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Jun 30
Laughter lights up our faces, brains
Our brains as well as our faces virtually 'light up', especially when we laugh on hearing or seeing something funny.

The more hilarious a joke is, the greater the activity seen in 'reward centres', specific neurons (nerve and brain cells) which create feelings of pleasure.

And learning how humour affects the brain could help determine whether patients in a vegetative state experience positive emotions, the Journal of Neuroscience reports.

A team of Medical Research Council (MRC) scientists scanned the brains of volunteers to compare what happened when they heard ordinary sentences and jokes. This showed that the reward centres 'lit up' much more in response to humour, according to the Daily Mail.

Researcher Matt Davis, from the MRC Cognition and Brain Sciences Unit in Cambridge, said: "We found a characteristic pattern of brain activity when the jokes used were puns."

"For example, jokes like "Why don't cannibals eat clowns? Because they taste funny!" involved brain areas for language processing more than jokes that didn't involve wordplay.

"This response differed again from non-humorous sentences that also contained words with more than one meaning," said Davis.

"Mapping how the brain processes jokes and sentences shows how language contributes to the pleasure of getting a joke."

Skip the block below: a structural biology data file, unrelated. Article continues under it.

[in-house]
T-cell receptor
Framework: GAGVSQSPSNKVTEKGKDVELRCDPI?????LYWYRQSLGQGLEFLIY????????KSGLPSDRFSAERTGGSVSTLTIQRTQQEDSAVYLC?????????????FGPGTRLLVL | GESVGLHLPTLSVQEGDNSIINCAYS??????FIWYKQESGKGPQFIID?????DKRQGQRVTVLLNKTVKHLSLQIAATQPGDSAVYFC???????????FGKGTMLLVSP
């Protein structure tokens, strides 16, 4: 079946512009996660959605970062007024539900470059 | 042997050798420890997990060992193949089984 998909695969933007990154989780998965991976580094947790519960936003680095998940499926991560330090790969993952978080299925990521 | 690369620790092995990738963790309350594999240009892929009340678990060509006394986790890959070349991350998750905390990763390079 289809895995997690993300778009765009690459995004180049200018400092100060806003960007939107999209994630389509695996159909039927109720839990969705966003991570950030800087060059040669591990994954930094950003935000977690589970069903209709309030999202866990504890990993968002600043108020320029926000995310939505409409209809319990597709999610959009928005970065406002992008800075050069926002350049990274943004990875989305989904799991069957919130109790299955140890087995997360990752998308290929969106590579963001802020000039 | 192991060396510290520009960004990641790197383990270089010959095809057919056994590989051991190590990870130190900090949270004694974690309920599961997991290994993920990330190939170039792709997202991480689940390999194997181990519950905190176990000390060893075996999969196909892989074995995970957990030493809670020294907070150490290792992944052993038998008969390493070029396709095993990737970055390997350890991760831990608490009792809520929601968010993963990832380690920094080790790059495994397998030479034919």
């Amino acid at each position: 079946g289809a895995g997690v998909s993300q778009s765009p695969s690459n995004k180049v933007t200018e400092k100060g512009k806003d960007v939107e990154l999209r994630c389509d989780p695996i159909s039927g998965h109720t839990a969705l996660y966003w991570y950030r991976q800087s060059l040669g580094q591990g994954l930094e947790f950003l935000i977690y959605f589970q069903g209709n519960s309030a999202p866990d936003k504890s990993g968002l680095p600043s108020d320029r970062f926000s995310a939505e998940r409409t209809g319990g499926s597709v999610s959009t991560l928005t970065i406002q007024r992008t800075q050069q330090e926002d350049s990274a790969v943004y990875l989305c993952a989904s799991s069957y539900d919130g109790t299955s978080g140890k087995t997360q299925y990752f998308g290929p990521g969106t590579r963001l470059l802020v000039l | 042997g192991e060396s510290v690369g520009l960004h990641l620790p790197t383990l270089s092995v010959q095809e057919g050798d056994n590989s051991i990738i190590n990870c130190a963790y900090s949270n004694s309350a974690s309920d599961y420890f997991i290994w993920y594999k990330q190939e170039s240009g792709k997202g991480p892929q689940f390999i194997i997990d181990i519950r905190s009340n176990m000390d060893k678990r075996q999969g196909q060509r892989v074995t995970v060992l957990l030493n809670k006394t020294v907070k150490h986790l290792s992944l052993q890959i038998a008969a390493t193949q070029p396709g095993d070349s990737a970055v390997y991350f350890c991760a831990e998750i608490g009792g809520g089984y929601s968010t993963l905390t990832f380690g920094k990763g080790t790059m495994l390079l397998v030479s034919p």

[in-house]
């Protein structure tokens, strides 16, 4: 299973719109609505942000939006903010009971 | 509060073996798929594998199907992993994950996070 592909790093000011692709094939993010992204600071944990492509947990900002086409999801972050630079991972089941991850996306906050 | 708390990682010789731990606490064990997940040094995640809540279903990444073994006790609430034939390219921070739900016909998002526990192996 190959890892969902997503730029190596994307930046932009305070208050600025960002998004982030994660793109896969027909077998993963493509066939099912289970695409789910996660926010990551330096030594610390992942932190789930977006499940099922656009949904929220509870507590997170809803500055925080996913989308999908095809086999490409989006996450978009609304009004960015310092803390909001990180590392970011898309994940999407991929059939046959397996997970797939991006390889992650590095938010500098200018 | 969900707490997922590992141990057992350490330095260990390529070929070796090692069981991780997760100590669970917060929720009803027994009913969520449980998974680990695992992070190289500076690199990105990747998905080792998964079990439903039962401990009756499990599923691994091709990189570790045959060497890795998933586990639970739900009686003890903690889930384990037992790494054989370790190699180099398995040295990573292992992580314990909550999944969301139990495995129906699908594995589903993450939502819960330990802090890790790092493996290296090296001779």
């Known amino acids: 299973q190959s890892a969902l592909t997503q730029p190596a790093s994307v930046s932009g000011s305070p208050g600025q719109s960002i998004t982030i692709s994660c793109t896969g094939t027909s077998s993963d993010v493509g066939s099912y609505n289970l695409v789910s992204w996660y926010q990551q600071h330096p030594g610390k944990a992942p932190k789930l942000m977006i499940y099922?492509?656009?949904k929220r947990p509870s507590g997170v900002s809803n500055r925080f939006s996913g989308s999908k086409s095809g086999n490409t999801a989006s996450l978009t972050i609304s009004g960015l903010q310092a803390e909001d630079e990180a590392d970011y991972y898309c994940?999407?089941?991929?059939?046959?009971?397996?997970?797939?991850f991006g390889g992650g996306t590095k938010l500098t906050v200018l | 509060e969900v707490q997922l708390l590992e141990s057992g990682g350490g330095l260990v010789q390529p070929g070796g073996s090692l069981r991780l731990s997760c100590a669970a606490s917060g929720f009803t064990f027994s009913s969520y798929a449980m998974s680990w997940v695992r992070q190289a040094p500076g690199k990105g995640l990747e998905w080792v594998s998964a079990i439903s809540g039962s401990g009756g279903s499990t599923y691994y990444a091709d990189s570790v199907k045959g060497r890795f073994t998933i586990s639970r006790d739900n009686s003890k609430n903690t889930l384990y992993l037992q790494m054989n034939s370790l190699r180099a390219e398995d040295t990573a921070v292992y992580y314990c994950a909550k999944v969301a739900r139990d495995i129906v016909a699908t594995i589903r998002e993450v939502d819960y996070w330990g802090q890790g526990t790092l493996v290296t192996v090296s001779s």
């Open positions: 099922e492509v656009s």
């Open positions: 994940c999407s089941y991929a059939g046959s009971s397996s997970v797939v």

"We can use this as a benchmark for understanding how people who cannot communicate normally react to jokes," added Davis.

Jun 29
Swine flu strikes back
The dreaded H1N1 virus that has claimed many lives over the past two years, has reared its ugly head once again in Mumbai

Yesterday, two Mumbaikars tested positive for the virus. After throat swabs were sent to Haffkine institute, pathological tests conducted on the samples diagnosed that the swine flu virus had infected a 37-year-old woman from Chandivli and a three-year-old girl.

The two diagnoses follow close on the heels of similar cases in Pune and Nashik. Alarmed by the re-emergence of the disease, the state health department had a closed-door meeting with experts last morning at the Mantralaya to think of measures that can safeguard the city from another pandemic.

Once may recollect at that the state health department had issued detailed precautionary guidelines to be adopted when the outbreak of the disease assumed the pandemic proportions two years back.